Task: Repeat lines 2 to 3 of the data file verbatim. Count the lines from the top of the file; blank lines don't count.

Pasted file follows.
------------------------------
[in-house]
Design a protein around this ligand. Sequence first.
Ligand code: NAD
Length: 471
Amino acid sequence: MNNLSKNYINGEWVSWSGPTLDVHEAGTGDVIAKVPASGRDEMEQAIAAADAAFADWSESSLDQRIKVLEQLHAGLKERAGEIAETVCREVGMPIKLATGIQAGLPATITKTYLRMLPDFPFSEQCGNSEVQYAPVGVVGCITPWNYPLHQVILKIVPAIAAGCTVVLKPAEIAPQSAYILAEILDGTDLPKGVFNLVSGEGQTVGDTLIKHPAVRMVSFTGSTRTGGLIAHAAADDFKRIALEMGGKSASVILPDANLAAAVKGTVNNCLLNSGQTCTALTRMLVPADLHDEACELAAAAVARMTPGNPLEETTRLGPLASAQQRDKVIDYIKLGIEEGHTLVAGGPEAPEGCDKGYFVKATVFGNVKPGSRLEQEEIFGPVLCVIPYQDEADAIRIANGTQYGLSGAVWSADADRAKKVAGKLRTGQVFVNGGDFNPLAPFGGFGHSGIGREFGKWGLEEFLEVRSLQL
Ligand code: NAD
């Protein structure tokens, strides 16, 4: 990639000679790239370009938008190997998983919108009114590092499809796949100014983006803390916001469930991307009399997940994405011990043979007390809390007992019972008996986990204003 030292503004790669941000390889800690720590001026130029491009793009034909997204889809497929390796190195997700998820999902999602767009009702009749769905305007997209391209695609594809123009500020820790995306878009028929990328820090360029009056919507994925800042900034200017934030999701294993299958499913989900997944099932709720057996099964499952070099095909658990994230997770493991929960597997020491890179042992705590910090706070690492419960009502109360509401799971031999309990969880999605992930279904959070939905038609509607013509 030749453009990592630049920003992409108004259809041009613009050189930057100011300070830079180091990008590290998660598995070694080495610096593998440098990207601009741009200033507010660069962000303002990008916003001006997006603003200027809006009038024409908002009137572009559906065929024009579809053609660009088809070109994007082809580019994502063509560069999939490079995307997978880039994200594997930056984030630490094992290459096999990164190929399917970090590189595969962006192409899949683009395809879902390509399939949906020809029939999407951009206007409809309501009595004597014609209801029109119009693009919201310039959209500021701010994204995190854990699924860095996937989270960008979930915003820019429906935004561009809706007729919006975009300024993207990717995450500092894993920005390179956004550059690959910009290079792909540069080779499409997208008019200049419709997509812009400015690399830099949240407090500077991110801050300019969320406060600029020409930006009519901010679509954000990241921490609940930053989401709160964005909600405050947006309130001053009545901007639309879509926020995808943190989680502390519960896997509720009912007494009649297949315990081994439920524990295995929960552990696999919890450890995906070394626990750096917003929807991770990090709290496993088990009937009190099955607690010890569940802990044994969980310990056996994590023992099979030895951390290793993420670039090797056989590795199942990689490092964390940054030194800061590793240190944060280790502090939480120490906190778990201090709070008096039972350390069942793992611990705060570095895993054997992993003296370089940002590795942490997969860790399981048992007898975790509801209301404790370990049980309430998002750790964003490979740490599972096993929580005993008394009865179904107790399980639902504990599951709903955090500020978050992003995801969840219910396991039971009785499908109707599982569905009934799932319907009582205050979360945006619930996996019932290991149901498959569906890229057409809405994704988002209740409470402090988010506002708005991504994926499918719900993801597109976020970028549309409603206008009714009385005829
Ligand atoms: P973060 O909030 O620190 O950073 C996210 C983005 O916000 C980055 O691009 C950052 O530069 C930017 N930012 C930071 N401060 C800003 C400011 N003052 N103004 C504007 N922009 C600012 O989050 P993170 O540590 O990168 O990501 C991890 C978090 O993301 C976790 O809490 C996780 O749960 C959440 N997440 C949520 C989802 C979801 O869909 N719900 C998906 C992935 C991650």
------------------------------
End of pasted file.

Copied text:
Design a protein around this ligand. Sequence first.
Ligand code: NAD